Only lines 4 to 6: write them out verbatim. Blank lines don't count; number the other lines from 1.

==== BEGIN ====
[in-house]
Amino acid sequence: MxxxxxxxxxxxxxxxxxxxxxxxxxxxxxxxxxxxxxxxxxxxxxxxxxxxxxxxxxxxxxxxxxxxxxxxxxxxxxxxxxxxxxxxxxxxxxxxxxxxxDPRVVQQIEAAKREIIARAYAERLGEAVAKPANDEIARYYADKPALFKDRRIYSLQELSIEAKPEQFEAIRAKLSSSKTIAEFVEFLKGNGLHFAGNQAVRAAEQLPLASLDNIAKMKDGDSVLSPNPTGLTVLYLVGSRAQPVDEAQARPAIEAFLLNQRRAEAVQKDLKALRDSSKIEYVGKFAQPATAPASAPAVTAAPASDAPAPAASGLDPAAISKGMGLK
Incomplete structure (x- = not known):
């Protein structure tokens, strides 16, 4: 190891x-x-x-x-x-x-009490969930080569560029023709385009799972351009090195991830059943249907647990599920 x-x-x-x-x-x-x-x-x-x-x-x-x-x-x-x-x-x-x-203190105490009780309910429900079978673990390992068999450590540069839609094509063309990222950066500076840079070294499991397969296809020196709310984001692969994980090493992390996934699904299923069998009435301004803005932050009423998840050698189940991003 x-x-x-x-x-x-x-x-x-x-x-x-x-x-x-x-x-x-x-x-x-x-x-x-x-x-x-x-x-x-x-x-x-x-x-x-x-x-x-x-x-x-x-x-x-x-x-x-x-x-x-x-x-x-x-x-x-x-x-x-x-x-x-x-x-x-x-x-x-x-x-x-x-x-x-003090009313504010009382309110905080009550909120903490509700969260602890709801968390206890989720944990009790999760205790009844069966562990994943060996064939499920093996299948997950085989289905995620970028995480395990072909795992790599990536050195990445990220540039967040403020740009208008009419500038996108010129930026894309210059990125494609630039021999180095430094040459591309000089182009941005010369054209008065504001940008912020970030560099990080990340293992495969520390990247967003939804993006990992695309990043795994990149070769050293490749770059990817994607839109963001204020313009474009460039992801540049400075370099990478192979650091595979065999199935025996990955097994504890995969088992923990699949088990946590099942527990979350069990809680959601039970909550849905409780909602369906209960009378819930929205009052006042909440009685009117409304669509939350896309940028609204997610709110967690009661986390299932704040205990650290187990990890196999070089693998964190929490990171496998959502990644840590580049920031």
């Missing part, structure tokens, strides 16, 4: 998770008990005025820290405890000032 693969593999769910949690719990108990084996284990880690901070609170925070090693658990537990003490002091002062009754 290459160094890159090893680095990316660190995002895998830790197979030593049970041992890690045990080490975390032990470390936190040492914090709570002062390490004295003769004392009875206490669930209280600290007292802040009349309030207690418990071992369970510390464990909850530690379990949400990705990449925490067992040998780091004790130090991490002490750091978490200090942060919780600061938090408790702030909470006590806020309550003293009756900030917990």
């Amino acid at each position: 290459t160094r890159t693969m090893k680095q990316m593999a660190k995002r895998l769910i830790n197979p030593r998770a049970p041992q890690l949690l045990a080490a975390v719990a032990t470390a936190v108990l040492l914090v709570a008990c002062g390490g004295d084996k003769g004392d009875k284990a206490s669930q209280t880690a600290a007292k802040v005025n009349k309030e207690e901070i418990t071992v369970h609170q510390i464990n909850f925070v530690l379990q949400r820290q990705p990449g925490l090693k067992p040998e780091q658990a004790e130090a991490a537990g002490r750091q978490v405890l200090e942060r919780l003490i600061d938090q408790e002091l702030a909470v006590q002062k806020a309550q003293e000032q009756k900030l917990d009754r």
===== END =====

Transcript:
């Protein structure tokens, strides 16, 4: 190891x-x-x-x-x-x-009490969930080569560029023709385009799972351009090195991830059943249907647990599920 x-x-x-x-x-x-x-x-x-x-x-x-x-x-x-x-x-x-x-203190105490009780309910429900079978673990390992068999450590540069839609094509063309990222950066500076840079070294499991397969296809020196709310984001692969994980090493992390996934699904299923069998009435301004803005932050009423998840050698189940991003 x-x-x-x-x-x-x-x-x-x-x-x-x-x-x-x-x-x-x-x-x-x-x-x-x-x-x-x-x-x-x-x-x-x-x-x-x-x-x-x-x-x-x-x-x-x-x-x-x-x-x-x-x-x-x-x-x-x-x-x-x-x-x-x-x-x-x-x-x-x-x-x-x-x-x-003090009313504010009382309110905080009550909120903490509700969260602890709801968390206890989720944990009790999760205790009844069966562990994943060996064939499920093996299948997950085989289905995620970028995480395990072909795992790599990536050195990445990220540039967040403020740009208008009419500038996108010129930026894309210059990125494609630039021999180095430094040459591309000089182009941005010369054209008065504001940008912020970030560099990080990340293992495969520390990247967003939804993006990992695309990043795994990149070769050293490749770059990817994607839109963001204020313009474009460039992801540049400075370099990478192979650091595979065999199935025996990955097994504890995969088992923990699949088990946590099942527990979350069990809680959601039970909550849905409780909602369906209960009378819930929205009052006042909440009685009117409304669509939350896309940028609204997610709110967690009661986390299932704040205990650290187990990890196999070089693998964190929490990171496998959502990644840590580049920031």
């Missing part, structure tokens, strides 16, 4: 998770008990005025820290405890000032 693969593999769910949690719990108990084996284990880690901070609170925070090693658990537990003490002091002062009754 290459160094890159090893680095990316660190995002895998830790197979030593049970041992890690045990080490975390032990470390936190040492914090709570002062390490004295003769004392009875206490669930209280600290007292802040009349309030207690418990071992369970510390464990909850530690379990949400990705990449925490067992040998780091004790130090991490002490750091978490200090942060919780600061938090408790702030909470006590806020309550003293009756900030917990």
């Amino acid at each position: 290459t160094r890159t693969m090893k680095q990316m593999a660190k995002r895998l769910i830790n197979p030593r998770a049970p041992q890690l949690l045990a080490a975390v719990a032990t470390a936190v108990l040492l914090v709570a008990c002062g390490g004295d084996k003769g004392d009875k284990a206490s669930q209280t880690a600290a007292k802040v005025n009349k309030e207690e901070i418990t071992v369970h609170q510390i464990n909850f925070v530690l379990q949400r820290q990705p990449g925490l090693k067992p040998e780091q658990a004790e130090a991490a537990g002490r750091q978490v405890l200090e942060r919780l003490i600061d938090q408790e002091l702030a909470v006590q002062k806020a309550q003293e000032q009756k900030l917990d009754r």